I read an interesting article this week about a proposed amendment to the California Constitution that would outlaw foreclosures.
The Foreclosure Modification Act is three pages (and written in plain English; you won't need an attorney by your side to interpret if you click on the link) — basically saying that currently there is no simple way to obtain a loan modification, and that lenders haven’t considered the great reduction in value on these properties.
The act would require lenders to provide principal and interest-rate reductions to help people keep their homes. It will be interesting to follow the legal steps the act will go through next: it has been cleared by the Secretary of State and needs 807,615 voter signatures to appear on the ballot.
The citizen who put forth the proposal, David Benson, makes some very good points. I was shocked the first time I heard of someone who never was late on a payment but when he asked the bank for a loan modification was told that officials couldn’t discuss that option until he was behind on payments.
That’s a crazy Catch 22: The homeowner with great credit basically is told to ruin his credit to discuss the possibility of a loan modification.
I follow the foreclosure market very carefully. I have a subscription to foreclosureradar.com and watch the properties go through the cycle. I’m amazed to see some homes foreclose in the quickest possible time: ninety days after the notice of default is filed plus 20 days after the notice of sale. Other homes stay on foreclosure radar for (literally) years, postponed one month at a time.
The areas hardest hit with foreclosures are those towns that had a lot of new construction during the boom: towns like Antioch and Discovery Bay. Alamo and Danville have very little new construction, fewer foreclosures and less negative impact on the market and prices.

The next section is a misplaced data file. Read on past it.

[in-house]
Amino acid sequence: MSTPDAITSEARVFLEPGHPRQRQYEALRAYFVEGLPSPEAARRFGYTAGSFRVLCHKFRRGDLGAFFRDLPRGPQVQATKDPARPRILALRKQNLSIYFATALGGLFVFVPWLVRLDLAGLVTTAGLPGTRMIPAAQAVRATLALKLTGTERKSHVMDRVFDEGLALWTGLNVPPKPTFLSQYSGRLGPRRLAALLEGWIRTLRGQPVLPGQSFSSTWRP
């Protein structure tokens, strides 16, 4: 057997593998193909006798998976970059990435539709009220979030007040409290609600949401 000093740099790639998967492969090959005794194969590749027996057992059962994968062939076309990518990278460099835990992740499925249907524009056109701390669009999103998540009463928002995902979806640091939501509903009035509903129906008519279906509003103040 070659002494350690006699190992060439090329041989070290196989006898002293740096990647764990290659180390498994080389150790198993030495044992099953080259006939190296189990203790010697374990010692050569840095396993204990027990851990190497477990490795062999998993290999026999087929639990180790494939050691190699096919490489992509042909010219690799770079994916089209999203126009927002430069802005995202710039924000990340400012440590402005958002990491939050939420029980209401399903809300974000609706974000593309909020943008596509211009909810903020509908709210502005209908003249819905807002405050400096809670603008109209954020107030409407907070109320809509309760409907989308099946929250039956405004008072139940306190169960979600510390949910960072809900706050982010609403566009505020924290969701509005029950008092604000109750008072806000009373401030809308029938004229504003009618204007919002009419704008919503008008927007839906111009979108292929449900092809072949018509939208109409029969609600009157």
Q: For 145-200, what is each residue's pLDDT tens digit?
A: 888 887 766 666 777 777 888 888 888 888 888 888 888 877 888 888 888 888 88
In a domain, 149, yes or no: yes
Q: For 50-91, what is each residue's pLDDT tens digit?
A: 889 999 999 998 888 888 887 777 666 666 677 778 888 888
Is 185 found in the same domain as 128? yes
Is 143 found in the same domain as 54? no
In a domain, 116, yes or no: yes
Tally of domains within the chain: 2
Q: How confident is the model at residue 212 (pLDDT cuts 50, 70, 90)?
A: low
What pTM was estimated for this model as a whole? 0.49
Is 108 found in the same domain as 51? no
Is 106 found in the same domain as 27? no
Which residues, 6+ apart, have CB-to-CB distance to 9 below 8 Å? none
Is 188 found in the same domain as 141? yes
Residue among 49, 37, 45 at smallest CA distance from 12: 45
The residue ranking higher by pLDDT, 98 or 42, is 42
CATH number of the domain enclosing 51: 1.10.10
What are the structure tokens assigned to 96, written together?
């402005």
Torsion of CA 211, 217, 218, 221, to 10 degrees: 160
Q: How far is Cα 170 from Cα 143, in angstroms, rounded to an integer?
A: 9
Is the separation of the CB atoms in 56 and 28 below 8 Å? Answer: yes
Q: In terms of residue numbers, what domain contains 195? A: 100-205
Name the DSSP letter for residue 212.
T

But there are foreclosures everywhere, and it’s interesting to examine the statistics in Alamo and Danville since it does seem as though there are few homes becoming bank-owned and more lenders working with short sales:
- In Alamo, 23 bank-owned homes were sold in 2010: Twelve were priced under $1 million, the rest ranged from $1.1 million to $2.4 million. It's August, but the number of bank-owned sales is only eight.
- In Blackhawk, 19 bank-owned homes sold in 2010, but only six this year.
- In Danville, 63 bank-owned homes sold in 2010, and 65 more have sold this year. Of the 128 sales, 54 were priced under $500,000 and only eight were more than $1 million.
Benson's ideas make a lot of sense and I’m curious to see how they will be received. I’m not sure I agree with outlawing foreclosures, but I do think banks need to be able to deal with each case individually — and perhaps find that in most cases a loan modification would be in everyone’s best interest. It may be cheaper for the bank, nicer for the homeowners and helpful for the recovery of the real-estate market.